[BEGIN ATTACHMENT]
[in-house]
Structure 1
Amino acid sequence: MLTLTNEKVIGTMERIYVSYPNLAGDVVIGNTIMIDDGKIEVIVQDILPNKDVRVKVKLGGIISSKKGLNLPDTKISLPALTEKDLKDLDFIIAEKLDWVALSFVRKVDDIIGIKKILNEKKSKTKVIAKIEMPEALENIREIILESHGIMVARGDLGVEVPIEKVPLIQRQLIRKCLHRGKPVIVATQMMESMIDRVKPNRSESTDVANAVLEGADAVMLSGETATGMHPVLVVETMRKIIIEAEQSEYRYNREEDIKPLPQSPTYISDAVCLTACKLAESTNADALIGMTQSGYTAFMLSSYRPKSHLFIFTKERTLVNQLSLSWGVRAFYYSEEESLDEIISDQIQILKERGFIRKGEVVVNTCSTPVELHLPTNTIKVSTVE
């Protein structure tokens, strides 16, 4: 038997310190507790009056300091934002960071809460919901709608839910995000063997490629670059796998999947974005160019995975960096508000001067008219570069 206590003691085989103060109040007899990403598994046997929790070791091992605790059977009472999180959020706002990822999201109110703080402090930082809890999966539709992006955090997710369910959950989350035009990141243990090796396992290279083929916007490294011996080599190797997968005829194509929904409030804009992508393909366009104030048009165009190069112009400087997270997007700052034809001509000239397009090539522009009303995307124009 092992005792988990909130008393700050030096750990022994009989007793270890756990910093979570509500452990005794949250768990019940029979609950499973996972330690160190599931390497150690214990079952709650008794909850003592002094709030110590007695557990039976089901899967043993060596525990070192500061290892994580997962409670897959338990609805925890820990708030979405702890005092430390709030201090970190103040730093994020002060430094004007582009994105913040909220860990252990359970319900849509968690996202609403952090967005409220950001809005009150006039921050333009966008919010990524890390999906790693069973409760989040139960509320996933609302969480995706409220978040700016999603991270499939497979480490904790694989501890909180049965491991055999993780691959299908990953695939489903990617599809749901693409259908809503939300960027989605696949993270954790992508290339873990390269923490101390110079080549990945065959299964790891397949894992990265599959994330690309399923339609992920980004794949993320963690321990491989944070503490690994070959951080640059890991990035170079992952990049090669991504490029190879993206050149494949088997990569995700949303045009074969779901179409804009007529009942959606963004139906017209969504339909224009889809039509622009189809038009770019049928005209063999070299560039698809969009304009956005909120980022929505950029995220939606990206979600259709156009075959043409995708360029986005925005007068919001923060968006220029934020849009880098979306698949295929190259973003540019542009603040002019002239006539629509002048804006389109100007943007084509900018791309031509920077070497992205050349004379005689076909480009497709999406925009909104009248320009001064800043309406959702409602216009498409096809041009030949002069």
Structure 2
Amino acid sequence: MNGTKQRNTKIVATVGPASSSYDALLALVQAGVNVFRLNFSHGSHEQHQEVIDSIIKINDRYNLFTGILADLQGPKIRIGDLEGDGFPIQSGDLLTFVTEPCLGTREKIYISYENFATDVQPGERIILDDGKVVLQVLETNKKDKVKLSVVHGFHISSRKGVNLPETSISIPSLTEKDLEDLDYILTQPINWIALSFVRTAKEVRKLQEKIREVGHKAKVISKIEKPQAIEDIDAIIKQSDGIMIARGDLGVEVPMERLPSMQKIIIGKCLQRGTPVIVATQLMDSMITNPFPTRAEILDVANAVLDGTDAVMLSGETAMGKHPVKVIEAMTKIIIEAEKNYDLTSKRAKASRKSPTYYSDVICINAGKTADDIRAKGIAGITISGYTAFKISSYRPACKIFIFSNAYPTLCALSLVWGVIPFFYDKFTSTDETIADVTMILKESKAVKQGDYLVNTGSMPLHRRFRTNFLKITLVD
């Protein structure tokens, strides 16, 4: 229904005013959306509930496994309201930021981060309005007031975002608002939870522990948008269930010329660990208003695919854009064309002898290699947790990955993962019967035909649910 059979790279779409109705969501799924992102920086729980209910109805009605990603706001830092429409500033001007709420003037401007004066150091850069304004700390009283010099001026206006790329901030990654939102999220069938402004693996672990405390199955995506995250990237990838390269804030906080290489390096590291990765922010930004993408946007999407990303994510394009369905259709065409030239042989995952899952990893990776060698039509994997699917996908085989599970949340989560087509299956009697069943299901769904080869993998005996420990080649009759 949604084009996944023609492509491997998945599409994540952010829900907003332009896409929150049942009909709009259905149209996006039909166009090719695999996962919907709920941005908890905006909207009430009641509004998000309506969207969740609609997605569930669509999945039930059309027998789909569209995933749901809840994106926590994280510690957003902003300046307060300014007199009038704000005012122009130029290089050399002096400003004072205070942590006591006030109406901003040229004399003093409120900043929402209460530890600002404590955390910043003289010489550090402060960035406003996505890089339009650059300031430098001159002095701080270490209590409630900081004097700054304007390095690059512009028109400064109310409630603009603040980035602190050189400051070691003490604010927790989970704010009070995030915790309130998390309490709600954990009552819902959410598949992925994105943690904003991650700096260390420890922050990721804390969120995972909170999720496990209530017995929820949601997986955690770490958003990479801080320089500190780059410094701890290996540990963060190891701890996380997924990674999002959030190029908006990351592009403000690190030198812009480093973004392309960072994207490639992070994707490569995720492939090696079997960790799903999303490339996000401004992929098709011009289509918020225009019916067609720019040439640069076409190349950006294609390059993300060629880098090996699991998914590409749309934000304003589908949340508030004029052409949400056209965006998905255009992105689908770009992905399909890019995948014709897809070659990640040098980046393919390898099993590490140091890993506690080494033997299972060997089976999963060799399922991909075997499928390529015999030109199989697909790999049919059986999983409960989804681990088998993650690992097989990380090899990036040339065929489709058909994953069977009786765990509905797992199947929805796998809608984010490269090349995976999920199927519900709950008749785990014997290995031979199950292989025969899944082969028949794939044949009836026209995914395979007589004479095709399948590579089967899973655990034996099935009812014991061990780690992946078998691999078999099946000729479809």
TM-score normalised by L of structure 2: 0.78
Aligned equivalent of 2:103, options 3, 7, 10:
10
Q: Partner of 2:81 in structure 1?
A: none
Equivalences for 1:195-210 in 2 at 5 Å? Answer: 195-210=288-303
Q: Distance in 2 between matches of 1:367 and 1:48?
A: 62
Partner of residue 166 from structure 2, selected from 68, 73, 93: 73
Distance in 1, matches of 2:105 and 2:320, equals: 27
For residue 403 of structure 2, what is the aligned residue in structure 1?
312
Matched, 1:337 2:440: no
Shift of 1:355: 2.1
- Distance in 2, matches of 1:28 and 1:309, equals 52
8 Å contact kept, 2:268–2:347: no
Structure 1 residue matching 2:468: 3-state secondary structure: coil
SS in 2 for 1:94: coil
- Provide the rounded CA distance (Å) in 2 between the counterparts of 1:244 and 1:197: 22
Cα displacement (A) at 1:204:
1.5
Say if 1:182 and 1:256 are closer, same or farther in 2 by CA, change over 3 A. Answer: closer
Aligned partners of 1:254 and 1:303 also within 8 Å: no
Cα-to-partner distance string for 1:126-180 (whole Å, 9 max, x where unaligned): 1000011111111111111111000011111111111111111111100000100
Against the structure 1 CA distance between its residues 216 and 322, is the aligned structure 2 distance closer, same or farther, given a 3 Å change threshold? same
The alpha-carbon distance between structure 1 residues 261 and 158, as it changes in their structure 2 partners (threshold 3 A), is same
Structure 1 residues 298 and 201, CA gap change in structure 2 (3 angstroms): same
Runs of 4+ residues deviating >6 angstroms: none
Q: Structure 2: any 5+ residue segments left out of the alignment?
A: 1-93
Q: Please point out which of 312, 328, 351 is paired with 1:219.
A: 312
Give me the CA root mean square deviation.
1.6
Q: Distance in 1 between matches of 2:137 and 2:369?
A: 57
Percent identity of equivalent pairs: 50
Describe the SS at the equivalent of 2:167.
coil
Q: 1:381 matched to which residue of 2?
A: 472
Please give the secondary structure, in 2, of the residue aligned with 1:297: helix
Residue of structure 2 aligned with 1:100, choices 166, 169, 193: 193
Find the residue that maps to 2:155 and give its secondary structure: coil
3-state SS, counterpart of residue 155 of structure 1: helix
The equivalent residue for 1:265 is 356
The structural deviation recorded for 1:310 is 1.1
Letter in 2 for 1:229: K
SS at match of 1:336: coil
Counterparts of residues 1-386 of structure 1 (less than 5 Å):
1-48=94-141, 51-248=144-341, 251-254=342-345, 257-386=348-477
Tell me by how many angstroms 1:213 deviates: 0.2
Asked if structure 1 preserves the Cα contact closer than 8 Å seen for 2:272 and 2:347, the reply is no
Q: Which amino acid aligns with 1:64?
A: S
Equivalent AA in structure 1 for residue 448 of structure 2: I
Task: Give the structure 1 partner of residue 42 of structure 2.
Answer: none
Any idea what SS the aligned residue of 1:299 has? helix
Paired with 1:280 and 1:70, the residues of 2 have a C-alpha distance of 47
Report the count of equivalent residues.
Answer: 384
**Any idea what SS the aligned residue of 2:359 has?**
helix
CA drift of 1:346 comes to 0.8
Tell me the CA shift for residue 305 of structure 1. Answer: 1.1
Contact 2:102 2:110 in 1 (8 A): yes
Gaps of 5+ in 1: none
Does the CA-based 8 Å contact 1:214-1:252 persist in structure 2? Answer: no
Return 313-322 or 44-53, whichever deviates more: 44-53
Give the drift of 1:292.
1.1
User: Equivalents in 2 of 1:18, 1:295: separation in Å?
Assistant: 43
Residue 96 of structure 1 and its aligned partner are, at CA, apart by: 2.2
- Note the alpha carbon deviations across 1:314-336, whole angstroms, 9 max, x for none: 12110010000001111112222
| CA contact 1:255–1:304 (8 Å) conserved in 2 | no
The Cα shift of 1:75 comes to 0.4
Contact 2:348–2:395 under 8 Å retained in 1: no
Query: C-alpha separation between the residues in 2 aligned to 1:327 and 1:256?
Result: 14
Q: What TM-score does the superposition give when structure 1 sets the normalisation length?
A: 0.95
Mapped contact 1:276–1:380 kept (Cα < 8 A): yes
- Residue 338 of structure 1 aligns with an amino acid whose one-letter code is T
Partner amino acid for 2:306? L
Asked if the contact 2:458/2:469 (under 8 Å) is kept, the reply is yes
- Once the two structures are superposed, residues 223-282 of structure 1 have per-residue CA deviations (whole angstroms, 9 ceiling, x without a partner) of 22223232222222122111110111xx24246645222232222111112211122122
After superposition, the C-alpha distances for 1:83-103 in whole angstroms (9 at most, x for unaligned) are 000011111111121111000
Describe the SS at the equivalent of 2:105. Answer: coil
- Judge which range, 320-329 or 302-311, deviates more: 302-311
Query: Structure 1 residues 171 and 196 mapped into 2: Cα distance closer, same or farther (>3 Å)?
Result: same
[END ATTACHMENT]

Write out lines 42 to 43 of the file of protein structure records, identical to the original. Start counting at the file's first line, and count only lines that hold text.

Q: Distance in 1 between matches of 2:137 and 2:369?
A: 57